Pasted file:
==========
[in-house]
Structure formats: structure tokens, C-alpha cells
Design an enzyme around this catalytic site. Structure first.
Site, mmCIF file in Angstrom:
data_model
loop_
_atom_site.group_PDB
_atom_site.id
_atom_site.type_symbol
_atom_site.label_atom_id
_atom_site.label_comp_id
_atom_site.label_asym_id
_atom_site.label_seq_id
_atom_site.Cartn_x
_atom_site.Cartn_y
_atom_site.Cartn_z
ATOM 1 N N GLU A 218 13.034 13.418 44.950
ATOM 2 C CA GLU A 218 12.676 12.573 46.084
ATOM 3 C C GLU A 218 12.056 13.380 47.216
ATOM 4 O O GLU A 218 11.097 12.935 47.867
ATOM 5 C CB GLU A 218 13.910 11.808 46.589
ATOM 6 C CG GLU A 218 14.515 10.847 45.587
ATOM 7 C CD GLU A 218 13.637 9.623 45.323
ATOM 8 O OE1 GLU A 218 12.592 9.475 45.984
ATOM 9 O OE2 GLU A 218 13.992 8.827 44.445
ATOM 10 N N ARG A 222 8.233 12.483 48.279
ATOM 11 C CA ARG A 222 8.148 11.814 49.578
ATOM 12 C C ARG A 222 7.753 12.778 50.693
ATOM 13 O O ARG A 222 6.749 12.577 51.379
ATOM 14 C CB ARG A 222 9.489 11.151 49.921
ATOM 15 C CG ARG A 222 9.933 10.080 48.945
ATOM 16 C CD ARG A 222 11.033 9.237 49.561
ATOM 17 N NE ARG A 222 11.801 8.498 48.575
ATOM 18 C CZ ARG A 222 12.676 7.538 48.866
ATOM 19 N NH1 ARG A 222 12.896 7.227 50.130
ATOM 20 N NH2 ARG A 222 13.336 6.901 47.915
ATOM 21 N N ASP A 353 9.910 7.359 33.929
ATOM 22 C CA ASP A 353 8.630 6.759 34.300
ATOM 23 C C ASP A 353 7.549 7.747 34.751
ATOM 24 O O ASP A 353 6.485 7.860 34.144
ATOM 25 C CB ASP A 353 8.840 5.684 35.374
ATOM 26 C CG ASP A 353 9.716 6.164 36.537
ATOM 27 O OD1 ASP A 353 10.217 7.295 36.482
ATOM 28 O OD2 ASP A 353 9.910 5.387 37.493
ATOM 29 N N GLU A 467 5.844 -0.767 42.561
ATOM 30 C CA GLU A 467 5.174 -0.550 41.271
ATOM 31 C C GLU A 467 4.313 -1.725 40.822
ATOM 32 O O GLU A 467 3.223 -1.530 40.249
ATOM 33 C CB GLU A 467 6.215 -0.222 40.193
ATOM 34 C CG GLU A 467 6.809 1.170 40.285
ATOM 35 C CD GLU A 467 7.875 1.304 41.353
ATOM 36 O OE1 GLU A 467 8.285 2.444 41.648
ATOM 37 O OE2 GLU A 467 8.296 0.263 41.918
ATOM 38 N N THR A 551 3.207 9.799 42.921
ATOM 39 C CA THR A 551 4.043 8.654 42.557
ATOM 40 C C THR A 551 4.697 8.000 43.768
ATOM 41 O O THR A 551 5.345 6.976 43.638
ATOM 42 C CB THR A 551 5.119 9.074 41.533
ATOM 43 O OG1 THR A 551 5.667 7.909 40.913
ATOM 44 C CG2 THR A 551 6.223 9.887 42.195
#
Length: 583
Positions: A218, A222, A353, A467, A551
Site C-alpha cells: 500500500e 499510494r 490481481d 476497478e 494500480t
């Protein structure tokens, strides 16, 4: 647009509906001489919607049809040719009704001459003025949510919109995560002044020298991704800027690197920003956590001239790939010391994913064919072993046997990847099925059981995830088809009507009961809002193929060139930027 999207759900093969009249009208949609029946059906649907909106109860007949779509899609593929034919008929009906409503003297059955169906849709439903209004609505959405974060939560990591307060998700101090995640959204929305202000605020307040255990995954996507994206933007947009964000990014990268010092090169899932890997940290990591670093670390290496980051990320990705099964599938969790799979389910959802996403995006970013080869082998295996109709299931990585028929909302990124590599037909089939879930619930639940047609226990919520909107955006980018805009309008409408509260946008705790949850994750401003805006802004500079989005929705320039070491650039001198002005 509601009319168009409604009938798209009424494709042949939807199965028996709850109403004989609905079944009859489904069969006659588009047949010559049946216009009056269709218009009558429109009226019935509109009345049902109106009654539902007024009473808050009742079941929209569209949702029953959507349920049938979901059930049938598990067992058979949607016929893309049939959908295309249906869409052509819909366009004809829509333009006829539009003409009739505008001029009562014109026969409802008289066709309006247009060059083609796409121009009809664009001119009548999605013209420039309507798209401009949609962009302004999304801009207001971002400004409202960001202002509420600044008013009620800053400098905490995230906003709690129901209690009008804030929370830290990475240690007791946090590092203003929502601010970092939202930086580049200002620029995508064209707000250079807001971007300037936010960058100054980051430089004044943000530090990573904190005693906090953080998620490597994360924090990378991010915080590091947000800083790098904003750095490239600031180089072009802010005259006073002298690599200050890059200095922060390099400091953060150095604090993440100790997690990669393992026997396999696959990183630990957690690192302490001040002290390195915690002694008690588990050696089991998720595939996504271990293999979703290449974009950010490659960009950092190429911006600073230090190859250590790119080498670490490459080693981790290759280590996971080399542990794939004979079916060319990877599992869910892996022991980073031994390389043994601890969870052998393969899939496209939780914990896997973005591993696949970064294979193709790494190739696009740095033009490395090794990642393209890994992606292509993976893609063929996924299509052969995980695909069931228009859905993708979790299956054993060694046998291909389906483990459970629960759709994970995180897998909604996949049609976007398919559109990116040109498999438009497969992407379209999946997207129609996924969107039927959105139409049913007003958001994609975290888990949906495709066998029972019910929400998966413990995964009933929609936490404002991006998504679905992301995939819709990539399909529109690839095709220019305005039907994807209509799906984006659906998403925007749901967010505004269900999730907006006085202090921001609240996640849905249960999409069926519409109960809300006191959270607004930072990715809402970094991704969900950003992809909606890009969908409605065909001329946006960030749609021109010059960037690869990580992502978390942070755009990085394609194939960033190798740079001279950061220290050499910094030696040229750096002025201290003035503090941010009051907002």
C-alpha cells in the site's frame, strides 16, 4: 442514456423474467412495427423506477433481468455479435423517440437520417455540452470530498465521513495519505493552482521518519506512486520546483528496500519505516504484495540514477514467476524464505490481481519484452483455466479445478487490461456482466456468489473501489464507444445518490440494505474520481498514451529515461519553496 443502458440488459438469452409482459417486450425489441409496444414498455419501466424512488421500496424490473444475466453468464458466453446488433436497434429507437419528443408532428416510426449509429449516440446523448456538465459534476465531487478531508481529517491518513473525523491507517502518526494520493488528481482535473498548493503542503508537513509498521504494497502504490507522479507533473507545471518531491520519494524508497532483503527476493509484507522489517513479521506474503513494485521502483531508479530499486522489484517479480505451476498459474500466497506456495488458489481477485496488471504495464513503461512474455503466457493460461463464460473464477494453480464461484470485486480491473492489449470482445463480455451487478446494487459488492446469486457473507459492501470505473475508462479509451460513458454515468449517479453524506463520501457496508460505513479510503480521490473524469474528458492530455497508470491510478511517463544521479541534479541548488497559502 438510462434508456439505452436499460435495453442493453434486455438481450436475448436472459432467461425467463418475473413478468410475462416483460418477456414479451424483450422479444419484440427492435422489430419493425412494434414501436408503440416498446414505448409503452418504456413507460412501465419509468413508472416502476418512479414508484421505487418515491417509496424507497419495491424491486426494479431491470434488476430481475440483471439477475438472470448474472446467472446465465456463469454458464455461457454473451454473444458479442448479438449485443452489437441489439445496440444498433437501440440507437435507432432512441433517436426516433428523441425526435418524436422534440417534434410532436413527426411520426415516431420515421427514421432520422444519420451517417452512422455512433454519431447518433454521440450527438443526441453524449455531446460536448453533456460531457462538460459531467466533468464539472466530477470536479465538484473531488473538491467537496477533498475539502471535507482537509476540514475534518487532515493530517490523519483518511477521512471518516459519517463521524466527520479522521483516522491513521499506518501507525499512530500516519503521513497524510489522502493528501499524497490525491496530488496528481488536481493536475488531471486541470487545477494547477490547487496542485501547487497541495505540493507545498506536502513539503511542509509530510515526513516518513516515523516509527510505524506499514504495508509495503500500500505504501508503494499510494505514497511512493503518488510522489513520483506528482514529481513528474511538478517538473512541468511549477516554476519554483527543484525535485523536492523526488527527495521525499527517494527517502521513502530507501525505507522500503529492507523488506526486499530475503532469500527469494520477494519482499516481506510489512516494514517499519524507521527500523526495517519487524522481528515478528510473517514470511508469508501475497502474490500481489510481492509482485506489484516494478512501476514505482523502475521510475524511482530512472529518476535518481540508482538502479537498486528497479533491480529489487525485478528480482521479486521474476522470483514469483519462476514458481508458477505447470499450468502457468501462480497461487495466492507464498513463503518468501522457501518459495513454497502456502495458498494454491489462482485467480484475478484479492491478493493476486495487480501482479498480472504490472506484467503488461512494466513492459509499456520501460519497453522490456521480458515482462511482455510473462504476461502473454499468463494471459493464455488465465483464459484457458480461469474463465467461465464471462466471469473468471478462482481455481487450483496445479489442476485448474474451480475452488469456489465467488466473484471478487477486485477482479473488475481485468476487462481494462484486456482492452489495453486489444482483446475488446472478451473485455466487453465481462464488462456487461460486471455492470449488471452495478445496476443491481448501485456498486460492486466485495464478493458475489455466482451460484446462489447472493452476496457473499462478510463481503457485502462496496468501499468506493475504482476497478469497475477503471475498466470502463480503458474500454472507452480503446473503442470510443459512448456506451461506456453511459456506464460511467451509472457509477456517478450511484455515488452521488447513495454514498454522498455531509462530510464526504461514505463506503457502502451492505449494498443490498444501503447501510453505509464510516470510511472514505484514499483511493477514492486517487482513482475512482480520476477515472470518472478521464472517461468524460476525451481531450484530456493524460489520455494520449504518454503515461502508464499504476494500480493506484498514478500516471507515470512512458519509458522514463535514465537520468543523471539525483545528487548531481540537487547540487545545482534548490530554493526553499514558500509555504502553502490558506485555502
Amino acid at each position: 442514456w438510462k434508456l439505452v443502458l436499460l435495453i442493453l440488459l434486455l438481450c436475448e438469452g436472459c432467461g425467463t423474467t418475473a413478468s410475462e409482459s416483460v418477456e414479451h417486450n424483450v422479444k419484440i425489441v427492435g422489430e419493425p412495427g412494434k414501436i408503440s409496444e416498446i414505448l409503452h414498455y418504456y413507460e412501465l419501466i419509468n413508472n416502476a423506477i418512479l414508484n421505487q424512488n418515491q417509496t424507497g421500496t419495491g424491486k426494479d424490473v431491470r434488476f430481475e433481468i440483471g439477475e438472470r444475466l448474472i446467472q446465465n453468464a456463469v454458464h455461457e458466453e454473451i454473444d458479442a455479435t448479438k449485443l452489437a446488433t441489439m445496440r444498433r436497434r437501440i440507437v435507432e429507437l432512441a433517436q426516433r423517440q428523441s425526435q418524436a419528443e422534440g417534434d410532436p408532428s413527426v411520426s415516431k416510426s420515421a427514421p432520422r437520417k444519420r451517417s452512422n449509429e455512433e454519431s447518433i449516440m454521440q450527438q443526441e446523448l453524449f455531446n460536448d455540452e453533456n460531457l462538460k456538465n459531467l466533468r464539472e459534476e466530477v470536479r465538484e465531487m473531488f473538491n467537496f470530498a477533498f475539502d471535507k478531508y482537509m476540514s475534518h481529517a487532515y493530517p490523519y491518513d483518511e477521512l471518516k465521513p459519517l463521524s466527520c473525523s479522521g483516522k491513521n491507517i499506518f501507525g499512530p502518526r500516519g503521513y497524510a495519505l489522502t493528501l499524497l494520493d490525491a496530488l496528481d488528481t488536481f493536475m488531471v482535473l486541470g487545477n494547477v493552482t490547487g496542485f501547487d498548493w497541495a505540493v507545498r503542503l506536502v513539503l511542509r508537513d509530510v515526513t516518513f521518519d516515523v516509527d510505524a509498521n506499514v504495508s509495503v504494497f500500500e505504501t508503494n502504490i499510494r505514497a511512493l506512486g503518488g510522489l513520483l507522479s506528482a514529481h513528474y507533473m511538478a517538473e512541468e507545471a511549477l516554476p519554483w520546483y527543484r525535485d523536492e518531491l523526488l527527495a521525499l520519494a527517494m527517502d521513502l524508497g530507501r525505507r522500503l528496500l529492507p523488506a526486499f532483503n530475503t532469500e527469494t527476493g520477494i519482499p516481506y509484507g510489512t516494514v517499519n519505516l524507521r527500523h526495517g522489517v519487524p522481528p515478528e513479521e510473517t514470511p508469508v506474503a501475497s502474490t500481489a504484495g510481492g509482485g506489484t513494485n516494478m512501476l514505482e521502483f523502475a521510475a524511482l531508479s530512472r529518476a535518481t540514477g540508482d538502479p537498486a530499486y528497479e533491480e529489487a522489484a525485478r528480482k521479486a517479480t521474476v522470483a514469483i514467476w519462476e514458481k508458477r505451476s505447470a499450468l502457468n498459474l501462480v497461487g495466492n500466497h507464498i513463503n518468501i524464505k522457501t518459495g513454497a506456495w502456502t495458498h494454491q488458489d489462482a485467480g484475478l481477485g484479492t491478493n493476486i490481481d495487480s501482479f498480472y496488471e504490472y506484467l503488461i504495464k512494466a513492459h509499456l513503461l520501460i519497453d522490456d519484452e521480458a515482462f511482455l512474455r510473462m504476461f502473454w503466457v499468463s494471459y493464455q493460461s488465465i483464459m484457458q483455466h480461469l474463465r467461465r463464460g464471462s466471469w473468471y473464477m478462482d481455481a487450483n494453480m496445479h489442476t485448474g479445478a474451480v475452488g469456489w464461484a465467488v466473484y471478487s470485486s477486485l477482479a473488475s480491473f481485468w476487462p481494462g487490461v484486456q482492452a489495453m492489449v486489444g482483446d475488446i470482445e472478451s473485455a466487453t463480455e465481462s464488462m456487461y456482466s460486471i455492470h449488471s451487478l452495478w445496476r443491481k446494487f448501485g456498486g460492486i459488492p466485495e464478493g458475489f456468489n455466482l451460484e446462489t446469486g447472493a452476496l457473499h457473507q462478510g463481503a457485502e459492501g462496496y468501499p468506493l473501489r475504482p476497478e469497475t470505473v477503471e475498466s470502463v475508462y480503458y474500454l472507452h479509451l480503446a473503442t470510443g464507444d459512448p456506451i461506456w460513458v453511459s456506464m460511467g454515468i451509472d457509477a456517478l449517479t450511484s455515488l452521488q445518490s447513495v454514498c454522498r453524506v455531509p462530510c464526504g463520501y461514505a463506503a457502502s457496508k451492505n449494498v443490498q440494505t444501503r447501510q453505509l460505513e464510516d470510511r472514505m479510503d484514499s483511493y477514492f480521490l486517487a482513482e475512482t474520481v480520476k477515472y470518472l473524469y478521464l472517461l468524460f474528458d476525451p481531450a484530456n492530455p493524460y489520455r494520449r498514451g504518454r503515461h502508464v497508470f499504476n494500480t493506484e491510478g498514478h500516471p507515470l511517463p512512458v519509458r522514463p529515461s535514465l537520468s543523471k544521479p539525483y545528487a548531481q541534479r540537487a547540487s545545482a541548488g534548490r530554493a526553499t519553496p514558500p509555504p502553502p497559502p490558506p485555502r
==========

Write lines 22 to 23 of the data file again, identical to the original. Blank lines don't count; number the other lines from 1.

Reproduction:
ATOM 6 C CG GLU A 218 14.515 10.847 45.587
ATOM 7 C CD GLU A 218 13.637 9.623 45.323